As thoughts turn to Christmas turkeys and chicken on the barbecue, the poultry industry is under pressure to clean up its act in a bid to reduce campylobacter infection rates. However, the government insists no change is needed.
Public health researcher Michael Baker said the illness was an epidemic here but it would be easy to fix.
The University of Otago professor wants to see a lower allowable limit for campylobacter contamination on poultry. He also wants data to be published showing which companies have the best and worst rates of contamination and better warning labels on packaging.
Prof Baker said that would lower the high rates of infection in New Zealand.
But a government spokesman claimed the current food safety system was robust, and did protect people from hazards like campylobacter.
Ministry for Primary Industries (MPI) deputy director-general Scott Gallagher said the ministry was not considering any further measures.
Andrew Meffan doesn't think that's good enough. He got horribly sick after eating chicken breast cooked on a barbecue.
"I've done a bit of yachting and I've had lovely trips of seasickness in the middle of Cook Strait in 70 knots of wind, I've done all of that but this was really quite impressive, it was pretty punishing," Mr Meffan said.
"It's not just a bit of the spews, it's really pretty horrible - and it's pretty annoying to find out that actually there's a solution, it's just that we haven't tumbled to it round here yet."
Last year about 6800 people got sick with campylobacter, with poultry to blame in half those cases, official figures showed.
But Prof Baker believed the number was much higher. More than 30,000 people each year get ill from eating chicken, he said.
"Our current campylobacter epidemic from fresh poultry is the biggest food safety problem in New Zealand."
He said the solution was simple.
"We can lower the regulatory limit of campylobacter on fresh poultry," Prof. Baker said. "Now this was introduced seven to eight years ago and when it was done it resulted in a halving of our disease rate.
"And we think that the regulatory limit needs to be dropped to a much lower level. And that would virtually turn off this epidemic overnight."
The bacteria live in the gut of most birds, and when they're killed, the bugs can make their way on to and into the flesh, Prof Baker said.
And with chicken being the main source of protein in households throughout the country, he described the current system as a "river of bacteria flowing into the population."
The Poultry Industry Association is backing Prof Baker's calls for changes to the way chicken is prepared for sale, and a spokesman said the industry was working hard to lower the rates of contamination and infection.
Lowering the regulatory limit for campylobacter on fresh poultry was a good idea, the association's executive director Michael Brooks said, and the association has proposed a new limit to MPI.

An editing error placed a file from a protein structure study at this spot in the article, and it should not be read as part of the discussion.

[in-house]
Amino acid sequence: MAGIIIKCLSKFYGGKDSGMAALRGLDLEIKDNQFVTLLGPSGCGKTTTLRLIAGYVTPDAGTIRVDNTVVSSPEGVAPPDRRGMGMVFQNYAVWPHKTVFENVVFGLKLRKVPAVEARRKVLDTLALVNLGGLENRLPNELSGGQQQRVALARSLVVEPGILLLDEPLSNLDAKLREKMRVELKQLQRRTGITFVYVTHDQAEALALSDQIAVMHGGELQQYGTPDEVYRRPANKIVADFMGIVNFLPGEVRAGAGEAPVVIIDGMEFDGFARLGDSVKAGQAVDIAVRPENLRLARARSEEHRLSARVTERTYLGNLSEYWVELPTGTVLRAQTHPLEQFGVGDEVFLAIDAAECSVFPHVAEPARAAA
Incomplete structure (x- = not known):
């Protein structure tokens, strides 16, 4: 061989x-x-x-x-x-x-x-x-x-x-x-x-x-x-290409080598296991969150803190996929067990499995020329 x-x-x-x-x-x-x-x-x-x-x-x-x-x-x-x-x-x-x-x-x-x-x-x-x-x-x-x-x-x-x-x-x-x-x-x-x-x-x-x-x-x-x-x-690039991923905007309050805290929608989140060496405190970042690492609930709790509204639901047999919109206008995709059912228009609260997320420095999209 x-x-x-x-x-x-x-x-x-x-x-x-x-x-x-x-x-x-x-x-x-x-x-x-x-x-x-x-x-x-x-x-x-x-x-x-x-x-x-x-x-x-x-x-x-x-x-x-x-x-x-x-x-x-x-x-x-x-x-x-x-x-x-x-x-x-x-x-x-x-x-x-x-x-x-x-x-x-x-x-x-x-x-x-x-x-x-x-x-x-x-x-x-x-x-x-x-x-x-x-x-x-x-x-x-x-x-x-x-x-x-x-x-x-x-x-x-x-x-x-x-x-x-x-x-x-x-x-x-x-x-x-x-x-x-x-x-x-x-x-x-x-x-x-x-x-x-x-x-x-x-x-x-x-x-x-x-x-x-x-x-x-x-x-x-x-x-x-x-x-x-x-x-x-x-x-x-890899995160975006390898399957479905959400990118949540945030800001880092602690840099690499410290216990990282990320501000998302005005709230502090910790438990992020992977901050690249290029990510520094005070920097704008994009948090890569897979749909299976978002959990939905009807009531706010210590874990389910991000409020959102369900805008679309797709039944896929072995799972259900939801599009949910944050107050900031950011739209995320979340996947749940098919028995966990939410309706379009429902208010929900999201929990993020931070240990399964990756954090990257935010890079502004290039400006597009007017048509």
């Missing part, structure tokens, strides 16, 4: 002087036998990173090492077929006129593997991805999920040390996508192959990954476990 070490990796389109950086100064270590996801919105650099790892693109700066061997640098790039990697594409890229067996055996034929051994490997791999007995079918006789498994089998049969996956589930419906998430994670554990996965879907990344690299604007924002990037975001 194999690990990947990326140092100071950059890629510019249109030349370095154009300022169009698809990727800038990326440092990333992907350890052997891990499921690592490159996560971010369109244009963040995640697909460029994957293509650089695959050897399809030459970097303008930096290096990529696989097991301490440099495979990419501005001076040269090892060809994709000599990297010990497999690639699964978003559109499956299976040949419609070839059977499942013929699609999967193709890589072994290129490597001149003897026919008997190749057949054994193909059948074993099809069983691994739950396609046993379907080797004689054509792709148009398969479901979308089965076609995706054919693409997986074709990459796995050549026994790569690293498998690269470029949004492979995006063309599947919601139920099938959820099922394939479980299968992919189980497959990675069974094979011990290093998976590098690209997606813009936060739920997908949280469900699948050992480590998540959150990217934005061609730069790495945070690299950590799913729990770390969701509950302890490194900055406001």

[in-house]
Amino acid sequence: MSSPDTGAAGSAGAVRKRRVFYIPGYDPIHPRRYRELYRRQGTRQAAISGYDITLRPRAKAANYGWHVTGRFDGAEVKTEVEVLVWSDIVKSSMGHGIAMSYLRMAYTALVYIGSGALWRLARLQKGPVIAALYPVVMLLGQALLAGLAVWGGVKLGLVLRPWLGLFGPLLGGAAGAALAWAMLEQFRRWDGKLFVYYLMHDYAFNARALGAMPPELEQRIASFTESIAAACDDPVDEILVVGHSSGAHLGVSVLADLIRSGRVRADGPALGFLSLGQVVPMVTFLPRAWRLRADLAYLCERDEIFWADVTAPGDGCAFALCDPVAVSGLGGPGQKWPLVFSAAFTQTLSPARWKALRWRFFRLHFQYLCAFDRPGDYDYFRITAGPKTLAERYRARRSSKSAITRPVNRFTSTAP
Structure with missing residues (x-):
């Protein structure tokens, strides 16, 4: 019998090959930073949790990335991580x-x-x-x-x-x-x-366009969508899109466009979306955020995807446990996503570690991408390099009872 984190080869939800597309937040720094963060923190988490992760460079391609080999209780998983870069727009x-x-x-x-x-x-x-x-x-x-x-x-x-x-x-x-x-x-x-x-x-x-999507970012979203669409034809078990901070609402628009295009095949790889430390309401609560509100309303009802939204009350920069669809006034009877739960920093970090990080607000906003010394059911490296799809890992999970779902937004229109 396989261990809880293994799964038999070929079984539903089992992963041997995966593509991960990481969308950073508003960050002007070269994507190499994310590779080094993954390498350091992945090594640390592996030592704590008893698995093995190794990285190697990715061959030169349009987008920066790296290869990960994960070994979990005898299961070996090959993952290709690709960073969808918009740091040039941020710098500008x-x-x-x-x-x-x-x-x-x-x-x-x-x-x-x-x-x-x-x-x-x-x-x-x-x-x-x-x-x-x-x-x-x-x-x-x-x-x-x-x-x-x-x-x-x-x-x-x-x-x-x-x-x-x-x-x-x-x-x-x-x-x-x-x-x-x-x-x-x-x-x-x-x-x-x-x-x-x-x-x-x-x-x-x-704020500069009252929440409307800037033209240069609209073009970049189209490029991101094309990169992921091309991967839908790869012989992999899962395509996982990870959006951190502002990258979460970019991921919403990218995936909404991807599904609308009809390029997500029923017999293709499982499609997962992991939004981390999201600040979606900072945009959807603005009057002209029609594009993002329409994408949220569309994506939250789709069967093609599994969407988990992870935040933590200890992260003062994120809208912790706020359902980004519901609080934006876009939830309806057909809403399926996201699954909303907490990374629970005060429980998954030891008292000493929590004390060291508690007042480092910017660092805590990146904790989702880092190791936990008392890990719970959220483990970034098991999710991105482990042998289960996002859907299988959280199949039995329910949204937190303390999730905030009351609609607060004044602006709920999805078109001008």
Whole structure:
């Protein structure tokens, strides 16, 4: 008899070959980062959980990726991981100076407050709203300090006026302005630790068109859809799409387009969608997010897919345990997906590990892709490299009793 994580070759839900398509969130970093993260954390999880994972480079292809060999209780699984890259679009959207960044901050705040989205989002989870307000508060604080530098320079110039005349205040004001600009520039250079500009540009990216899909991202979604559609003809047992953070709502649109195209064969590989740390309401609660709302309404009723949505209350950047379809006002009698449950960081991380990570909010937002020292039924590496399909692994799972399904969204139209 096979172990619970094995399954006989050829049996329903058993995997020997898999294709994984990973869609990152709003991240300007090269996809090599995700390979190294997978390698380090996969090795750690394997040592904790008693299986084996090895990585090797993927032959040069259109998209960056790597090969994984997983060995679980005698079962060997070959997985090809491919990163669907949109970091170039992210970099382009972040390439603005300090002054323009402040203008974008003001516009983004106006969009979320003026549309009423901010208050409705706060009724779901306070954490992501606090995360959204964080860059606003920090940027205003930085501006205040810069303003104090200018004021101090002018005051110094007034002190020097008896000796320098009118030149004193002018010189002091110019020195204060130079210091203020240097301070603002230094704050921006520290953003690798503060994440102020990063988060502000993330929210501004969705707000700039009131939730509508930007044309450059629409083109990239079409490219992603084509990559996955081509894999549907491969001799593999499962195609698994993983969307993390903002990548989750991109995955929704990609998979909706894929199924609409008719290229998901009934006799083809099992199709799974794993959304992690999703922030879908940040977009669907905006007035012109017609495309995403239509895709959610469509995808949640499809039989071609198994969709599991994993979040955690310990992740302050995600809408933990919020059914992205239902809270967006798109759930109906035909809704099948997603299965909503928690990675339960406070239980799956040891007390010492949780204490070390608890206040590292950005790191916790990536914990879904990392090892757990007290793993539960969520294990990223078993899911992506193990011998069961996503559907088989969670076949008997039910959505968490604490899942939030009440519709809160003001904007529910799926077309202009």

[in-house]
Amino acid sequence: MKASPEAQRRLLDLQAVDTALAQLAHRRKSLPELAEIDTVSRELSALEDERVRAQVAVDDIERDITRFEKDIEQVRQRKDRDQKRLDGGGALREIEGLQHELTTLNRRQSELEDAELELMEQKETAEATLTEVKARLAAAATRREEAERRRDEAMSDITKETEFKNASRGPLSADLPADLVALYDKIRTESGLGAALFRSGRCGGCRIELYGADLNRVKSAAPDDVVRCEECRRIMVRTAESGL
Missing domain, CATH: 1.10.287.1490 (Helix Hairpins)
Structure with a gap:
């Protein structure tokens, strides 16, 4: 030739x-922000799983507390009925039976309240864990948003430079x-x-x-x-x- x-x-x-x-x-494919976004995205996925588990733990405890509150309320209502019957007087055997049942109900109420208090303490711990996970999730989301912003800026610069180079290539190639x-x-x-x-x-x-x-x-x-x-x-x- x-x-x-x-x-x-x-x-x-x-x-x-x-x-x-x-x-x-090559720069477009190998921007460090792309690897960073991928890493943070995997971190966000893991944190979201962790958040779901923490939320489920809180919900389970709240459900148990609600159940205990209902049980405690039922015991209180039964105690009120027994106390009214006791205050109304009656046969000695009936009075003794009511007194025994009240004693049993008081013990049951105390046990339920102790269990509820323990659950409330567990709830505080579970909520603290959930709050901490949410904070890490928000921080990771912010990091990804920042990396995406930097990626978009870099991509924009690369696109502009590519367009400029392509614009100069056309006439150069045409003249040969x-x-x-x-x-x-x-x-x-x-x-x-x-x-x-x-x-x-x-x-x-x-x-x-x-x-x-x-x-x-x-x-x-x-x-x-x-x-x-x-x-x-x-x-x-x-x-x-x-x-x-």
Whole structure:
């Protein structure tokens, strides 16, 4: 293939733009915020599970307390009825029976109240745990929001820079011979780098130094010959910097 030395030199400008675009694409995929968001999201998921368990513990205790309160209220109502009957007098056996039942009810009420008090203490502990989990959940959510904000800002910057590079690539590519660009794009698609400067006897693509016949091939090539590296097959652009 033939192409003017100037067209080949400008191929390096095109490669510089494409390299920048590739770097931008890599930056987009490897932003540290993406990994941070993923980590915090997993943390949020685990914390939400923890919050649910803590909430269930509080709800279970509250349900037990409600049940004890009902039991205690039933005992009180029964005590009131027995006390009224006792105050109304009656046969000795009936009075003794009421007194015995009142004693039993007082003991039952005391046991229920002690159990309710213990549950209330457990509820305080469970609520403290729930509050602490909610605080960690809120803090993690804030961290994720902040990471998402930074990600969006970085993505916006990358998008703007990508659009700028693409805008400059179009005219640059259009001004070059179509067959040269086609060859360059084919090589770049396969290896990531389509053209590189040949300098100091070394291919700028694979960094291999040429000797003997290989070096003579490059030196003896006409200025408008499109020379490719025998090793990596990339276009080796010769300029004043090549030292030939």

"There are already regulatory limits in place and MPI is investigating a new regulatory limit," Mr Brooks said. "Submissions for that closed on Friday and we as an industry made a submission, we agree to the concept of a new additional limit that will help address this issue."
However, Mr Brooks said he did not support Prof Baker's call for naming companies that have the best and worst rates of contamination.
The country's high rates of infection were well understood and since 2006 it has had a strategy in place to lower them, he said.
The scheme included regular testing, and of the 5600 poultry samples collected and tested last year, all met the required food safety standards.
But Mr Brooks said those measures only worked if there were also good food safety practices in people's homes, such as careful preparation and proper cooking.
Caterer and chef Ruth Pretty recommended using a thermometer to guage the correct cooking temperature of the poultry.
"People worry, they don't want to overcook it but they... (worry they've undercooked it) and they do that thing, you take it out of the oven or off the BBQ and you think, 'is it cooked, isn't it cooked, are the juices running clear' and all that," Ms Pretty said.
"But if you have a thermometer - you don't have to have a fancy thermometer, it (can be) any thermometer - that you can insert into the cooked product."
"Once you get (into) a system like that - which is how all chefs actually work - you'll be fine, you're always going to have your chicken cooked."
The MPI website recommends that poultry and stuffed meat should be cooked until the centre of the thickest part of the meat or the core of stuffed meat reaches one of these temperature/time combinations:
- 65°C for 10 minutes
- 70°C for 2 minutes
- 75°C instant
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MPI also recommends that while preparing chicken or turkey, people keep the raw meat and juices away from other food.
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